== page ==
Ahead of football season last fall, ESPN held a media day for reporters at its Bristol campus, where the company’s new president, Jimmy Pitaro, gave one of his first news conferences. Pitaro, who had been on the job for just a few months, was asked to name the biggest misconception about ESPN. He did not hesitate.
“I will tell you I have been very, very clear with employees here that it is not our jobs to cover politics, purely,” he said
Pitaro was responding to a growing critique of ESPN from many on the right, including President Donald Trump, who charged that ESPN and some of its high-profile employees had veered too far into politics for a sports network. ESPN was sensitive to the criticism, and Pitaro wanted to address it.
Since Pitaro took over, ESPN has largely avoided political drama. But he and his network were thrust squarely back into the political spotlight when Dan Le Batard, the popular radio and TV host, rebuked both Trump and the network on his ESPN radio show. His comments came after supporters at Trump’s rally in North Carolina chanted “Send her back! Send her back!” in reference to the Somali-born Rep. Ilhan Omar, D-Minn.
“It is so wrong, what the president of our country is doing, trying to get reelected by dividing the masses, at a time when the old white man, the old rich white man, feels oppressed, being attacked, by minorities,” Le Batard said, saying the rally and chants “felt un-American” and “deeply offensive.”
He also took aim at his own network.
“And we here at ESPN don’t have the stomach for the fight,” he said, adding, “We don’t talk about what is happening unless there is some sort of weak, cowardly sports angle that we can run it through.”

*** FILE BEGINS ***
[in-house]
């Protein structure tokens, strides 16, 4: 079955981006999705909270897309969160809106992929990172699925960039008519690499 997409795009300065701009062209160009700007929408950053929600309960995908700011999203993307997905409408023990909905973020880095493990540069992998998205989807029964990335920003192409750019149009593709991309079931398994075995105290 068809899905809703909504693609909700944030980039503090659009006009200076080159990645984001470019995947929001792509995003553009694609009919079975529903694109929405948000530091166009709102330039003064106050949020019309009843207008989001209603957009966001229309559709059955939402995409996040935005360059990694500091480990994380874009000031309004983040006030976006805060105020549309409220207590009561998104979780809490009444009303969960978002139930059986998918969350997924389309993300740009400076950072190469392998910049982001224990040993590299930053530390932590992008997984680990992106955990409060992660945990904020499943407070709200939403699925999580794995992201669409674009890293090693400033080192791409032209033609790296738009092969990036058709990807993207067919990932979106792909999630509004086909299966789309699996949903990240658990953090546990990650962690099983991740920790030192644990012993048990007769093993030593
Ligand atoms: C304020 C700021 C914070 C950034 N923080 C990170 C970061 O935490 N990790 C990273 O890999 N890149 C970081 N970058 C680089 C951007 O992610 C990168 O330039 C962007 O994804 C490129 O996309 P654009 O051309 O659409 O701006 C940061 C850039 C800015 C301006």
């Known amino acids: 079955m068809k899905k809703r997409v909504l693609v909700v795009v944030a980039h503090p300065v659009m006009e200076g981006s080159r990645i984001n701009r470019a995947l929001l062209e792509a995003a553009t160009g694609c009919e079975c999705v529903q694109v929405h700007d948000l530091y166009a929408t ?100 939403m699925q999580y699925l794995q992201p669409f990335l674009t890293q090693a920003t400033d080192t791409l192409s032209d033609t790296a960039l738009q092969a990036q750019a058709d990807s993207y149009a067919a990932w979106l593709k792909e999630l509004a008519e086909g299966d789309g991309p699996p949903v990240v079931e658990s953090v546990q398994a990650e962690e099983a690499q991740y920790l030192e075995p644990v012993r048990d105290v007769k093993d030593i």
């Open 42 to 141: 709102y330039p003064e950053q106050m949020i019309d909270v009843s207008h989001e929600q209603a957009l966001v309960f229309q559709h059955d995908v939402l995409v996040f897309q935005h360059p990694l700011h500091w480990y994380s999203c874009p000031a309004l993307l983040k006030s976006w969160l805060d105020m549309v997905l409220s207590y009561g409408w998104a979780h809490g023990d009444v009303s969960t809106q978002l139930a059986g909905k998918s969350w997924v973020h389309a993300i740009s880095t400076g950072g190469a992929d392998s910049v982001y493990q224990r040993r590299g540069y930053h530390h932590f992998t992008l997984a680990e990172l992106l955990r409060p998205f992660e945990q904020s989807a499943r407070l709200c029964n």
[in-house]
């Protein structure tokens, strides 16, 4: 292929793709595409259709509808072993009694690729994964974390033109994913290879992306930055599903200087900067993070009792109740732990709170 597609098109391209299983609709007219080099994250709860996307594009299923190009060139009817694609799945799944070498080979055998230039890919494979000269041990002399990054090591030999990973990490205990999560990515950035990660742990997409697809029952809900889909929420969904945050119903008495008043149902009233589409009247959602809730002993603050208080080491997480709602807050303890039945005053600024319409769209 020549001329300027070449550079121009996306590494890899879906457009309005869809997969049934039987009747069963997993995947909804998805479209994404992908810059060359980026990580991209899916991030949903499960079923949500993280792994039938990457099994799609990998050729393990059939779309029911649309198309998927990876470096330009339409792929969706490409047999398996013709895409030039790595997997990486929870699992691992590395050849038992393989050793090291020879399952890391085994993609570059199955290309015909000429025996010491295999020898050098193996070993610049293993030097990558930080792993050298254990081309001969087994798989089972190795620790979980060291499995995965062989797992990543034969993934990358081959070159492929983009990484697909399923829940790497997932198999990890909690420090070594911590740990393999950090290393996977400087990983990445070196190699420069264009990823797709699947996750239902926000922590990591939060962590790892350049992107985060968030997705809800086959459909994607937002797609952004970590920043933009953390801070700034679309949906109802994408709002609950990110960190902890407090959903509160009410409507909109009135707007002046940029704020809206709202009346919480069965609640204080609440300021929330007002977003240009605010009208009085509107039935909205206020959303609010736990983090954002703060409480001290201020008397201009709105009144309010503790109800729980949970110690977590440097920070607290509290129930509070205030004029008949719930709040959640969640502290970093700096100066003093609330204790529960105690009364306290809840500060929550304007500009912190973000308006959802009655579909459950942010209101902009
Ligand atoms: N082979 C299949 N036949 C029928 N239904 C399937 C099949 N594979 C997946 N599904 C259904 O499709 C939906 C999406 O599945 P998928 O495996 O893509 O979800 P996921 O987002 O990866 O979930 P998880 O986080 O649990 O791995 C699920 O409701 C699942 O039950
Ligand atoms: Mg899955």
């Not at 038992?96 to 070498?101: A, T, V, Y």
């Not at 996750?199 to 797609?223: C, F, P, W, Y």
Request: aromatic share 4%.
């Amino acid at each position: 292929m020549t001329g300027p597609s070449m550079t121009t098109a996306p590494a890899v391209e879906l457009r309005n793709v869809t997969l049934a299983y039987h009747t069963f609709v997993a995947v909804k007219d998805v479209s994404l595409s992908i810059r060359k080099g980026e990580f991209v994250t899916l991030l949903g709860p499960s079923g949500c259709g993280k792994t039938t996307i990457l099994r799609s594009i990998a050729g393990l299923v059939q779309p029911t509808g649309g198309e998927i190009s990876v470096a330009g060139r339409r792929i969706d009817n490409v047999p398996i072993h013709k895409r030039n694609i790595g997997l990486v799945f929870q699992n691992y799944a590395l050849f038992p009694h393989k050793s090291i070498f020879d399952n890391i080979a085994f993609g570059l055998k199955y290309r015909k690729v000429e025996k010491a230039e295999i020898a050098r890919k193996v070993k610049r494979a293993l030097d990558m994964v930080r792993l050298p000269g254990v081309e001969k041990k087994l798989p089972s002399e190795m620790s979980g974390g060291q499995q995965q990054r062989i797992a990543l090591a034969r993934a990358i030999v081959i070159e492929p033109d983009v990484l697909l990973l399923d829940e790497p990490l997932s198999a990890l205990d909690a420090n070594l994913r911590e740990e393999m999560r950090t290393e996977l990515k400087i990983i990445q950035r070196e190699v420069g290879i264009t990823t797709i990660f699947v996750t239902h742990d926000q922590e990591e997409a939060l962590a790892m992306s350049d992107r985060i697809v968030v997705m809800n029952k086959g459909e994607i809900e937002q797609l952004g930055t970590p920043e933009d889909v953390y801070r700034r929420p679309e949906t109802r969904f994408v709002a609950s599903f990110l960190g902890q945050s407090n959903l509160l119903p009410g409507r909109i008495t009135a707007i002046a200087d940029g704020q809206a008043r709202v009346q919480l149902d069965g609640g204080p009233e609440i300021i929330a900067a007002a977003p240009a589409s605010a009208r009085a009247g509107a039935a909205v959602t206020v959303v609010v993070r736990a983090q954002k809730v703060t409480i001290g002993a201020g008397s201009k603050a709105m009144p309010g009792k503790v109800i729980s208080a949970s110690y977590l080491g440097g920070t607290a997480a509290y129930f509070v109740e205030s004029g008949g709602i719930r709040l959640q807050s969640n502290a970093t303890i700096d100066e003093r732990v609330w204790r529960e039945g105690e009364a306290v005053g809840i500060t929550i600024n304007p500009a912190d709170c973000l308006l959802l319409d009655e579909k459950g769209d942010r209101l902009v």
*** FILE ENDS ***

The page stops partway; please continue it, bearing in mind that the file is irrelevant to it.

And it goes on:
Le Batard, whose comments created an onslaught of headlines and social-media reactions, was back on the air Friday morning, even as ESPN higher-ups made clear to employees – including Le Batard – that the network’s policy on avoiding pure political commentary hasn’t changed, according to a person familiar with the matter who was not authorized to publicly discuss internal communications. Pure political commentary, for the network, refers to political coverage that has no intersection with sports.
ESPN declined to comment and it was not clear if Le Batard will be disciplined.
For ESPN, the pitfalls of the moment are likely familiar to any corporation that has had to navigate the Trump era. Reprimand Le Batard, who talks often of his Cuban parents who immigrated to the United States, for an impassioned monologue that resonated with many of the president’s critics, and risk criticism from the left. Or do nothing, and potentially revive charges of liberal bias from Trump and his supporters.
“A corporate response to Trump is almost impossible,” said Kelly McBride, a vice president at the Poynter Institute and a former ESPN ombudsman. “I would think they will do something in terms of discipline. It’s a little weird they didn’t react immediately, but maybe what they’ve learned is that if they do, they elevate Dan and they feed the controversy as part of the Trump news cycle. Strategic silence is what it’s called. So maybe they say nothing and in a couple of weeks Dan will take a vacation.”
Le Batard’s comments called to mind one of the network’s previous political furors, when then-ESPN writer and TV host Jemele Hill tweeted in 2017 that Trump was a white supremacist, a comment the White House called “a fireable offense.” The episode fueled conservative critics of the network; last year, Hill and ESPN reached a buyout, which helped quiet some of criticism.
Hill later appeared on Le Batard’s “South Beach Sessions” podcast, telling him she hadn’t considered her comments about Trump controversial.
“I knew almost immediately that, if I did face some kind of permanent discipline, if I did lose my job, if I was immediately suspended, I was OK with it,” she said.
McBride suggested that clashes between ESPN’s most visible personalities and the network’s management are inevitable, whether prompted by political comments or other issues, given the contours of their relationship.
“You have a network that is built on personalities, and then you create policies that restrain where those personalities can go and what they can say,” she said. “The ideal is, Dan has a relationship with his boss where he says, ‘I need to say something about a certain topic,’ and then you figure out the outlet. Maybe it’s on the air, or maybe he writes an essay in The Atlantic.”
Ben Strauss, The Washington Post.